DAVE STEVENS and the Greatest BATMAN Cover There Never Was

INSIDE LOOK: Oh, if only…

The things you find when you’re plumbing the depths of the internet for no particular reason.

Dig this Dave Stevens commission of a Golden Age Detective Comics cover that never existed:

That’s just plain too good and I’m gobsmacked that DC has, as far as I know, never used it for a Detective Comics variant cover.

You got your serial-era Batman, your Conrad Veidt-looking Joker and what certainly could be a Hedy Lamarr Catwoman. (The Batman could be either Lewis Wilson in 1943 or Robert Lowery in 1949, but the belt is closer to Wilson’s version and the trade dress certainly gives it an early-’40s feel. But no matter, all things considered.)

Veidt in The Man Who Laughs

I’ve not been able to trace much info on it other than it dates back to 2002 and that Adam Hughes colored it (that’s a Dynamic Duo). If you’ve got good info, post it in the comments.

Meanwhile, last week we ran a quartet of stories about the seminal ’80s series Who’s Who, by Robert Greenberger, who was deeply involved in the project. (The Who’s Who Omnibus came out last week.)

In any event, the late Stevens’ Catwoman entry was listed among Bob’s 13 FAVORITE PAGES (click here).

I’m posting it here again because in my cybertravels, I also found a fully colored version:

Not sure who the colorist is — there are pros Frank Martin and Laura Martin out there, but it also could be the work of a talented fan. Again, if you have info, I wanna hear it. (UPDATED: Check out Doug Hazlewood’s comment below!)

And if you’re wondering whether Stevens indeed based his Catwoman on Hedy Lamarr — who is said to be an inspiration for the original — check out these pix and judge for yourself.

I vote yes.

MORE

— The Curious Case of When SUPERMAN Met the ROCKETEER. Click here.

— How NEAL ADAMS Opened the Door for DAVE STEVENS. Click here.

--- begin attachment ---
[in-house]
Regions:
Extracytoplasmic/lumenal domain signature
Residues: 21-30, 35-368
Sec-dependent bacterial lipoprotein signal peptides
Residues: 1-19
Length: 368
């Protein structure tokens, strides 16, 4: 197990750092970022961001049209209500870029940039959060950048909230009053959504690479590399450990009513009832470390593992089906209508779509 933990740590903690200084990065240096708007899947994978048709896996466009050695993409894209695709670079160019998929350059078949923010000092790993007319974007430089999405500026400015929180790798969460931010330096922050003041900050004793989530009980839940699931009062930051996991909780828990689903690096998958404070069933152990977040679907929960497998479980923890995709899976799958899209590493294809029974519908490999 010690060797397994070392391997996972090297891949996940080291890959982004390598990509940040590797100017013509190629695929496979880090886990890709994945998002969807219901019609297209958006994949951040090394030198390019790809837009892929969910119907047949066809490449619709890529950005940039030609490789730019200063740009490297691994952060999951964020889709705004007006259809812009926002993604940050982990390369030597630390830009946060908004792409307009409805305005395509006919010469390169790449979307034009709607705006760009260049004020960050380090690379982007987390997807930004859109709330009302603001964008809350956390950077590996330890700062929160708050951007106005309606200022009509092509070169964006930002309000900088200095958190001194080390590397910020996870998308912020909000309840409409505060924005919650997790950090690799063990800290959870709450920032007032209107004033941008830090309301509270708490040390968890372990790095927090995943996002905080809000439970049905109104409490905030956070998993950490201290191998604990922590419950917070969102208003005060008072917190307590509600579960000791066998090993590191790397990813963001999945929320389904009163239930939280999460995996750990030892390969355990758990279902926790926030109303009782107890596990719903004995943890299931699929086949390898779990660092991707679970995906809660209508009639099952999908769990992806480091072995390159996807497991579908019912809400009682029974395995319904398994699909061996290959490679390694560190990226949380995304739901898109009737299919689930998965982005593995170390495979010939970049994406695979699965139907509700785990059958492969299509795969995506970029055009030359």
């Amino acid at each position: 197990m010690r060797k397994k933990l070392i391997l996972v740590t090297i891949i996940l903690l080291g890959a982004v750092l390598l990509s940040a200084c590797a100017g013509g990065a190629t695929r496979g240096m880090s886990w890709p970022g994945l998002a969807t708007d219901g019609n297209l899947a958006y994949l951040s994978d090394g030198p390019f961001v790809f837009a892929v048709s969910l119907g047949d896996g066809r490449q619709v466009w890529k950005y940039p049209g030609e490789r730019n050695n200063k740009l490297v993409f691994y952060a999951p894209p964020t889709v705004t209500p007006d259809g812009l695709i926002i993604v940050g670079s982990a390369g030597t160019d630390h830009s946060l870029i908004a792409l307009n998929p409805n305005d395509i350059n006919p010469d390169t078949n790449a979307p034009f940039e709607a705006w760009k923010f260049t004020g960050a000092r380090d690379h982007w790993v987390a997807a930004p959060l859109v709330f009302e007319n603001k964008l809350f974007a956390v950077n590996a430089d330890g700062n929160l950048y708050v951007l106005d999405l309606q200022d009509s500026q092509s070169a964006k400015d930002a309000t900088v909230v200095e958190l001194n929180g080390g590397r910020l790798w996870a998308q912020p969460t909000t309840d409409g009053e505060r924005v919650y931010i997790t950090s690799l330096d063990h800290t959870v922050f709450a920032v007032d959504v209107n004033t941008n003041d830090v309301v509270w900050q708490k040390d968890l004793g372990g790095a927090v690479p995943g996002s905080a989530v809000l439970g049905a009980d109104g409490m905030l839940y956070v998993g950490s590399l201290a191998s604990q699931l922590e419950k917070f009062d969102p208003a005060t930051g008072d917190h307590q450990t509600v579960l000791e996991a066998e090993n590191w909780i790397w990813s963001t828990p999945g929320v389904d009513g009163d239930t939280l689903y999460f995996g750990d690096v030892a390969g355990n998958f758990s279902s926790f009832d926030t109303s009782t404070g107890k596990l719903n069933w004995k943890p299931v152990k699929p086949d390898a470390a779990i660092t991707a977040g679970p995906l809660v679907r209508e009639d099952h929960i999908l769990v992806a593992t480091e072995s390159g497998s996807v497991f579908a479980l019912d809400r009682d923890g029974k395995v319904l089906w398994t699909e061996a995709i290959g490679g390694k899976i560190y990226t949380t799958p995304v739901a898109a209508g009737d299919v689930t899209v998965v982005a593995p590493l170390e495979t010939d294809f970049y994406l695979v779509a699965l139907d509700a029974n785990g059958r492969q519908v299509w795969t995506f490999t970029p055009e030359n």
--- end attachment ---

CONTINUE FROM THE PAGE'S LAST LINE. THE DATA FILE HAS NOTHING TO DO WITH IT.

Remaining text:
Author: Dan Greenfield

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12 Comments

  1. Gary Martin is an inker who does recreations and has a book about comic book inking (I have it). That is his recreation. That is definitely his signature. He’s my Facebook friend.

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  2. Is that real? I know there are a couple artists doing reinterpretations of covers in Steven’s’ style, but I’m sure that the Stevens Estate would have publicized this if it, indeed, was a Dave Stevens drawing. There was a rejected Wonder Woman cover he did draw, because I owned the original art for it a few years ago.

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  3. Hedy Lamar was somewhat less famous for developing the frequency-hopping method of electronic communication that WIFI, Bluetooth and GPS are based on. She created it in 1941.

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  4. Would have loved a Batman-Rocketeer story set in 1939. The Stevens Detective cover is Bat-tastic

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  5. The black & white version of the faux cover is in one of the Dave Stevens sketchbooks, but I forget which one.

    As for the Who’s Who piece, I’ve always thought the Selina face and the Catwoman face didn’t match. Dave’s ex-wife, scream queen Brinke Stevens, often complained that Dave drew her body and stuck someone else’s head on it. On the who’s who pic, I think the Catwoman face looks a lot like Brinke and the figure resembles hers as well. You may be right on the Selina face.

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  6. DC should’ve used his Detective Comics cover as a variant for Detective Comics #1000. Then again, this is the same company that shot down Dave Stevens’ proposed Superman/Rocketeer team up because they wanted him to use Modern Day Superman and Steve wanted to set it in 1938 using, naturally, 1938 Superman.

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  7. It’s real. I colored it FOR Dave Stevens, so it’s 100% the real deal.

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    • Awesome! Thanks for confirming, Adam! I know there are a couple artists right now who can ape Dave’s style almost perfectly, so I was a little concerned this was one by one of them. Thank you!

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